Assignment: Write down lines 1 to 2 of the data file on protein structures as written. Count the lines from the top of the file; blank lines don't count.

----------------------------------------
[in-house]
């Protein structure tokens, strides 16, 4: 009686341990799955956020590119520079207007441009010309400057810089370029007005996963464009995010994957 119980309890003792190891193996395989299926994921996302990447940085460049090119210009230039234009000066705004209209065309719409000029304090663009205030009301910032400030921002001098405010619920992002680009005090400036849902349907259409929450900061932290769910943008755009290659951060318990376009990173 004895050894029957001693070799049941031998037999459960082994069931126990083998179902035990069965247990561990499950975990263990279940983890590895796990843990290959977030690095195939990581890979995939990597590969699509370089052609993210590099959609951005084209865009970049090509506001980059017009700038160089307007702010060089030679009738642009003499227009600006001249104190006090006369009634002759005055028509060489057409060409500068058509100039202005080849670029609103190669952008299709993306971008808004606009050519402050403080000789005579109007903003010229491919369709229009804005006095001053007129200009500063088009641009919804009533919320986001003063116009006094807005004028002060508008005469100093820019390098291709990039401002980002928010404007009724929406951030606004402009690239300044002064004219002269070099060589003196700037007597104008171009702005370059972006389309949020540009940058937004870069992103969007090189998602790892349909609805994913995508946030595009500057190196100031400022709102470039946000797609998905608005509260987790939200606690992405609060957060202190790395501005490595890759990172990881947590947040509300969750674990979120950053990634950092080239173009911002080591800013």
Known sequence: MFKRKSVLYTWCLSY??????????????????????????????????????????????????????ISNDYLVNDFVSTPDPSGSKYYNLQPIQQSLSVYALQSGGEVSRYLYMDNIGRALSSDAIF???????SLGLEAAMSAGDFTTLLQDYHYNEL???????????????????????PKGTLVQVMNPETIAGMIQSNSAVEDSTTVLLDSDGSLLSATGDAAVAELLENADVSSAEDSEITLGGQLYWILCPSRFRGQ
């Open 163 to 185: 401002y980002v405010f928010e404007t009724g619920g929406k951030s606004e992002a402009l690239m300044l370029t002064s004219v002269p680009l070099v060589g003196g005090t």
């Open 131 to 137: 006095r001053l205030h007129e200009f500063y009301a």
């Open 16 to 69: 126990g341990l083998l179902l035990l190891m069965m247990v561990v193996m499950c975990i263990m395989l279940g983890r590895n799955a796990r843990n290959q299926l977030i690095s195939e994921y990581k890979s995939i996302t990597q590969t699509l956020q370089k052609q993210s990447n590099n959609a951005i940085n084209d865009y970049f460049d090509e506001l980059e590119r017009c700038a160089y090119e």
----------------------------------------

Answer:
[in-house]
């Protein structure tokens, strides 16, 4: 009686341990799955956020590119520079207007441009010309400057810089370029007005996963464009995010994957 119980309890003792190891193996395989299926994921996302990447940085460049090119210009230039234009000066705004209209065309719409000029304090663009205030009301910032400030921002001098405010619920992002680009005090400036849902349907259409929450900061932290769910943008755009290659951060318990376009990173 004895050894029957001693070799049941031998037999459960082994069931126990083998179902035990069965247990561990499950975990263990279940983890590895796990843990290959977030690095195939990581890979995939990597590969699509370089052609993210590099959609951005084209865009970049090509506001980059017009700038160089307007702010060089030679009738642009003499227009600006001249104190006090006369009634002759005055028509060489057409060409500068058509100039202005080849670029609103190669952008299709993306971008808004606009050519402050403080000789005579109007903003010229491919369709229009804005006095001053007129200009500063088009641009919804009533919320986001003063116009006094807005004028002060508008005469100093820019390098291709990039401002980002928010404007009724929406951030606004402009690239300044002064004219002269070099060589003196700037007597104008171009702005370059972006389309949020540009940058937004870069992103969007090189998602790892349909609805994913995508946030595009500057190196100031400022709102470039946000797609998905608005509260987790939200606690992405609060957060202190790395501005490595890759990172990881947590947040509300969750674990979120950053990634950092080239173009911002080591800013």